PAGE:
Big Red Barn

Big Red Barn

Source: Margaret Wise Brown

A perfect book for preparing your child for bedtime, this animal-centric classic meets all the animals that live in the big red barn and then goes through each of their evening routines. Written by beloved author Margaret Wise Brown, this calming book helps kids slow down before going off to bed.

The Very Hungry Caterpillar

The Very Hungry Caterpillar

Courtesy of Amazon

Eric Carle’s books are all amazing, so picking just one is very hard. Young kids will love learning about how a caterpillar becomes a butterfly, while they also learn about counting and days of the week. Since the caterpillar literally eats through the book, kids will love the unique format of this classic.

Press Here

Press Here

Courtesy of Barnes & Noble

An amazing book for kids who are already familiar with touchscreen devices, this book asks readers to “press here”, shake the book, and engage in so many ways. Wildly creative and truly interactive, kids will think they are moving the colorful dots and shapes around with their hands, breath, and imagination.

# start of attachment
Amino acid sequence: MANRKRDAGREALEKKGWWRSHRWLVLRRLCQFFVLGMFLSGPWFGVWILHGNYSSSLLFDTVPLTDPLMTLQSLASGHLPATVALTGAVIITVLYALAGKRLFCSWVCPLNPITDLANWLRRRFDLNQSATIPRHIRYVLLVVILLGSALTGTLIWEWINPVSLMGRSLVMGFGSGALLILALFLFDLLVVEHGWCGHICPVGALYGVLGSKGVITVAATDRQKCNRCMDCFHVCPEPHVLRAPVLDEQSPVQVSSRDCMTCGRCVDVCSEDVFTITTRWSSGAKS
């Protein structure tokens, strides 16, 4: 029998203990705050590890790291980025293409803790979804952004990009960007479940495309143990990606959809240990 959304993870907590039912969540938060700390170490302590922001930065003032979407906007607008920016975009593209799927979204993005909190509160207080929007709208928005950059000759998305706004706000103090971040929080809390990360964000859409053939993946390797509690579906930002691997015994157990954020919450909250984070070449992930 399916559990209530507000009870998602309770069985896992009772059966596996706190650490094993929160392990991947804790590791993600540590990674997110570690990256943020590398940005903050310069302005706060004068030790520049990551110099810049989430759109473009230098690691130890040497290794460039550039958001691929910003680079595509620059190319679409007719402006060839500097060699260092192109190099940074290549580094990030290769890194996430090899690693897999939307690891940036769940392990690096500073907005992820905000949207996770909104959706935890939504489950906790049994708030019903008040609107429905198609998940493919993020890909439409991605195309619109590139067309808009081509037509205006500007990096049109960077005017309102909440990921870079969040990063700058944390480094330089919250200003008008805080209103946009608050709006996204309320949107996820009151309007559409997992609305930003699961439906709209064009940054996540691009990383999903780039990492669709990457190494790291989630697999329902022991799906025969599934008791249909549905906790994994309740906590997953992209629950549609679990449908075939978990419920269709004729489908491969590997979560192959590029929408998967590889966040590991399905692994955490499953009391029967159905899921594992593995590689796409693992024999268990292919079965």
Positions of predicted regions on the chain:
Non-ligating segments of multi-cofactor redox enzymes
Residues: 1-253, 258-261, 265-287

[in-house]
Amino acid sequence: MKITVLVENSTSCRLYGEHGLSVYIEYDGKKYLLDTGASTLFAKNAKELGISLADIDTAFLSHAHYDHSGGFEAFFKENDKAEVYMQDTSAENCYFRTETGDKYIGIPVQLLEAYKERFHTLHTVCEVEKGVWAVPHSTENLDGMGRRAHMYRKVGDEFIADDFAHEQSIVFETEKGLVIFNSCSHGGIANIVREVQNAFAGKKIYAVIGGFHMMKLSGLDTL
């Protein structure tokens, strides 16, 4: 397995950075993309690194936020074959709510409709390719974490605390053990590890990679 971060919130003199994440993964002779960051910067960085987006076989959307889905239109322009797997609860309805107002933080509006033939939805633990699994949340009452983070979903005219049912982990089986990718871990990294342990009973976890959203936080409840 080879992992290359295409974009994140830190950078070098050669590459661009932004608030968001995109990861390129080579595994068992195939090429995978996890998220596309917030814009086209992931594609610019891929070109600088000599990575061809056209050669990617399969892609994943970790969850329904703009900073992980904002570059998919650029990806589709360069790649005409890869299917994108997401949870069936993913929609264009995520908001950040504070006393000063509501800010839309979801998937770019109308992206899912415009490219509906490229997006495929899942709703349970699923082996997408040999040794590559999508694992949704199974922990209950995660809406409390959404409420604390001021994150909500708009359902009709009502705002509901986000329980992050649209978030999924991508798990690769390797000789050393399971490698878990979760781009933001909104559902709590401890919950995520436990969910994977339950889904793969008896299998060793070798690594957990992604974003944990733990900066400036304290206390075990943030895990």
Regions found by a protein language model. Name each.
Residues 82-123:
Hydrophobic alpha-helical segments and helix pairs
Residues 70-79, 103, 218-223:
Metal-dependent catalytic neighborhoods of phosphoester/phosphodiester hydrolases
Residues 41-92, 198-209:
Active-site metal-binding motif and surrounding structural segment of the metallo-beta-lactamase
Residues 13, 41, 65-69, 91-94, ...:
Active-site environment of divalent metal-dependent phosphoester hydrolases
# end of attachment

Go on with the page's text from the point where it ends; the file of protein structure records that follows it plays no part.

Final Verdict

It’s so hard to choose just a few books for young children, so add all of these to your library request system! If we have to pick just a few, "The Very Hungry Caterpillar" (view on Amazon) is a classic for good reason, "The Feelings Book" (view on Amazon) can be such a helpful resource for kids to reference, and "Don’t Let the Pigeon Drive the Bus" (view on Amazon) is just plain fun.

What to Look for in Books for 3-Year-Olds

Re-Reading Value

Kids can find joy in so many stories and it doesn’t take much to delight them. You'll likely notice your child participating more when you use emotion and emphasis while reading. Doing this makes a story come alive for children, and they'll want to hear it again and again. Plus, reading to kids helps them think critically.

While reading a story over and over again may drive some parents and caregivers crazy, for children it's comforting and actually good for them. It can help children learn new sounds and words. And the more they participate in a read-aloud, the more they will grow their confidence in reading.

Learning Made Fun